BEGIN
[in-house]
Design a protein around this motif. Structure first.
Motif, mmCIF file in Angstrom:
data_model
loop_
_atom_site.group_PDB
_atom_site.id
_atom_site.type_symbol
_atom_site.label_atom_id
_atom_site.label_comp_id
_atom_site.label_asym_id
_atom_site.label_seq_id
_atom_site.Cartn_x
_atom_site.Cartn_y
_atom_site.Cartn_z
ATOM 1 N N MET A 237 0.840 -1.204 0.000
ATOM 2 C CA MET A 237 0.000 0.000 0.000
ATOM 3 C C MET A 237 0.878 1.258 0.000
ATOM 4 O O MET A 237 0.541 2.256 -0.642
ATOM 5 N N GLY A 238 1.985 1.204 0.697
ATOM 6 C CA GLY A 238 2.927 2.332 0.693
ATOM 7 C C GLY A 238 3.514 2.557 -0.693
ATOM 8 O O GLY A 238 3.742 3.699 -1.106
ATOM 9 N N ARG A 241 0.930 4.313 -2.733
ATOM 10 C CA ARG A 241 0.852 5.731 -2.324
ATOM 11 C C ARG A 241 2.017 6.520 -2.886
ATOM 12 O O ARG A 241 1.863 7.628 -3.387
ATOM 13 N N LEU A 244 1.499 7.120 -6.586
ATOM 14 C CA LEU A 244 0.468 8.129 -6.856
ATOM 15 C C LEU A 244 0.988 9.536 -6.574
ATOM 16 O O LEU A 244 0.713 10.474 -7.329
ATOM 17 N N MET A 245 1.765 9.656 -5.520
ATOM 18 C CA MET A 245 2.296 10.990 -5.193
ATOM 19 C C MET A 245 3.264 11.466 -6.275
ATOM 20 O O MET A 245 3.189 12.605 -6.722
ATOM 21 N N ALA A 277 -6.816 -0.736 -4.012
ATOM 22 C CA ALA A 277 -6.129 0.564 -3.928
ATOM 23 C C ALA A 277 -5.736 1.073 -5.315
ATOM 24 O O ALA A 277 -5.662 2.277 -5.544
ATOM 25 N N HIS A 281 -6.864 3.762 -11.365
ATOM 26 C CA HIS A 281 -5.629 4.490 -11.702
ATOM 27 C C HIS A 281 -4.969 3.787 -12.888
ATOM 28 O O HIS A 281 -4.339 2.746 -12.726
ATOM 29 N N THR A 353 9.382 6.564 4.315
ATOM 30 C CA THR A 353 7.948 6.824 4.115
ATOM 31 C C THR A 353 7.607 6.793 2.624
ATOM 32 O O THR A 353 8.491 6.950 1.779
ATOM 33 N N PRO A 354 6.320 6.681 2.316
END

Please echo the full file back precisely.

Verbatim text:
[in-house]
Design a protein around this motif. Structure first.
Motif, mmCIF file in Angstrom:
data_model
loop_
_atom_site.group_PDB
_atom_site.id
_atom_site.type_symbol
_atom_site.label_atom_id
_atom_site.label_comp_id
_atom_site.label_asym_id
_atom_site.label_seq_id
_atom_site.Cartn_x
_atom_site.Cartn_y
_atom_site.Cartn_z
ATOM 1 N N MET A 237 0.840 -1.204 0.000
ATOM 2 C CA MET A 237 0.000 0.000 0.000
ATOM 3 C C MET A 237 0.878 1.258 0.000
ATOM 4 O O MET A 237 0.541 2.256 -0.642
ATOM 5 N N GLY A 238 1.985 1.204 0.697
ATOM 6 C CA GLY A 238 2.927 2.332 0.693
ATOM 7 C C GLY A 238 3.514 2.557 -0.693
ATOM 8 O O GLY A 238 3.742 3.699 -1.106
ATOM 9 N N ARG A 241 0.930 4.313 -2.733
ATOM 10 C CA ARG A 241 0.852 5.731 -2.324
ATOM 11 C C ARG A 241 2.017 6.520 -2.886
ATOM 12 O O ARG A 241 1.863 7.628 -3.387
ATOM 13 N N LEU A 244 1.499 7.120 -6.586
ATOM 14 C CA LEU A 244 0.468 8.129 -6.856
ATOM 15 C C LEU A 244 0.988 9.536 -6.574
ATOM 16 O O LEU A 244 0.713 10.474 -7.329
ATOM 17 N N MET A 245 1.765 9.656 -5.520
ATOM 18 C CA MET A 245 2.296 10.990 -5.193
ATOM 19 C C MET A 245 3.264 11.466 -6.275
ATOM 20 O O MET A 245 3.189 12.605 -6.722
ATOM 21 N N ALA A 277 -6.816 -0.736 -4.012
ATOM 22 C CA ALA A 277 -6.129 0.564 -3.928
ATOM 23 C C ALA A 277 -5.736 1.073 -5.315
ATOM 24 O O ALA A 277 -5.662 2.277 -5.544
ATOM 25 N N HIS A 281 -6.864 3.762 -11.365
ATOM 26 C CA HIS A 281 -5.629 4.490 -11.702
ATOM 27 C C HIS A 281 -4.969 3.787 -12.888
ATOM 28 O O HIS A 281 -4.339 2.746 -12.726
ATOM 29 N N THR A 353 9.382 6.564 4.315
ATOM 30 C CA THR A 353 7.948 6.824 4.115
ATOM 31 C C THR A 353 7.607 6.793 2.624
ATOM 32 O O THR A 353 8.491 6.950 1.779
ATOM 33 N N PRO A 354 6.320 6.681 2.316